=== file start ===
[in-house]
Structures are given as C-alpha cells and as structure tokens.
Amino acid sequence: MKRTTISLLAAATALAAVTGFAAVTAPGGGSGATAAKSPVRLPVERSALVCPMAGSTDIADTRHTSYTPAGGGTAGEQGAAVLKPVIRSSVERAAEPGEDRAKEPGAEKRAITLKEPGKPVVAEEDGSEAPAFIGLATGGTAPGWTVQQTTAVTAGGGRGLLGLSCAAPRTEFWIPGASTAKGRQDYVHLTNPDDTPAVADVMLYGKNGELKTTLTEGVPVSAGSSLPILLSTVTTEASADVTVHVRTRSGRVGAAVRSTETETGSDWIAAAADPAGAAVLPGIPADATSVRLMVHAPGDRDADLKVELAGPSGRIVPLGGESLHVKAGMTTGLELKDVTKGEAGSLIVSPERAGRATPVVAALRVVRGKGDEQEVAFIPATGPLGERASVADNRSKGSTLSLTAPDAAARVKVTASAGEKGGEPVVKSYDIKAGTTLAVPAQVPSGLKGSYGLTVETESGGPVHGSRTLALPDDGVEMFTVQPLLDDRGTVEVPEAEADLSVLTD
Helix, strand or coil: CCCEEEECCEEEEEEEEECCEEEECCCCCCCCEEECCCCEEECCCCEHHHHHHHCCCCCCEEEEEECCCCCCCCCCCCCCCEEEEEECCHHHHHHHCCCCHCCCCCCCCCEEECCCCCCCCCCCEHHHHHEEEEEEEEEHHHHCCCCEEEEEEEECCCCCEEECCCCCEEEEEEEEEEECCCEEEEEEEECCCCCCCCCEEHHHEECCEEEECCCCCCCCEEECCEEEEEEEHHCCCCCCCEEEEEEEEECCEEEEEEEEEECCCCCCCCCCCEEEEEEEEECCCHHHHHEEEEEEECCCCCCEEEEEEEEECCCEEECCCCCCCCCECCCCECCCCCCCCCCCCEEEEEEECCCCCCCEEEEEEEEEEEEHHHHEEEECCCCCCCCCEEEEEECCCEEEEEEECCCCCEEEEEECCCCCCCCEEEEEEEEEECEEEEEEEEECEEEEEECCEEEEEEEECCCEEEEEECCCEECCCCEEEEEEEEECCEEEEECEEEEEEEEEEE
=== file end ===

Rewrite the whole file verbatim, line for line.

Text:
[in-house]
Structures are given as C-alpha cells and as structure tokens.
Amino acid sequence: MKRTTISLLAAATALAAVTGFAAVTAPGGGSGATAAKSPVRLPVERSALVCPMAGSTDIADTRHTSYTPAGGGTAGEQGAAVLKPVIRSSVERAAEPGEDRAKEPGAEKRAITLKEPGKPVVAEEDGSEAPAFIGLATGGTAPGWTVQQTTAVTAGGGRGLLGLSCAAPRTEFWIPGASTAKGRQDYVHLTNPDDTPAVADVMLYGKNGELKTTLTEGVPVSAGSSLPILLSTVTTEASADVTVHVRTRSGRVGAAVRSTETETGSDWIAAAADPAGAAVLPGIPADATSVRLMVHAPGDRDADLKVELAGPSGRIVPLGGESLHVKAGMTTGLELKDVTKGEAGSLIVSPERAGRATPVVAALRVVRGKGDEQEVAFIPATGPLGERASVADNRSKGSTLSLTAPDAAARVKVTASAGEKGGEPVVKSYDIKAGTTLAVPAQVPSGLKGSYGLTVETESGGPVHGSRTLALPDDGVEMFTVQPLLDDRGTVEVPEAEADLSVLTD
Helix, strand or coil: CCCEEEECCEEEEEEEEECCEEEECCCCCCCCEEECCCCEEECCCCEHHHHHHHCCCCCCEEEEEECCCCCCCCCCCCCCCEEEEEECCHHHHHHHCCCCHCCCCCCCCCEEECCCCCCCCCCCEHHHHHEEEEEEEEEHHHHCCCCEEEEEEEECCCCCEEECCCCCEEEEEEEEEEECCCEEEEEEEECCCCCCCCCEEHHHEECCEEEECCCCCCCCEEECCEEEEEEEHHCCCCCCCEEEEEEEEECCEEEEEEEEEECCCCCCCCCCCEEEEEEEEECCCHHHHHEEEEEEECCCCCCEEEEEEEEECCCEEECCCCCCCCCECCCCECCCCCCCCCCCCEEEEEEECCCCCCCEEEEEEEEEEEEHHHHEEEECCCCCCCCCEEEEEECCCEEEEEEECCCCCEEEEEECCCCCCCCEEEEEEEEEECEEEEEEEEECEEEEEECCEEEEEEEECCCEEEEEECCCEECCCCEEEEEEEEECCEEEEECEEEEEEEEEEE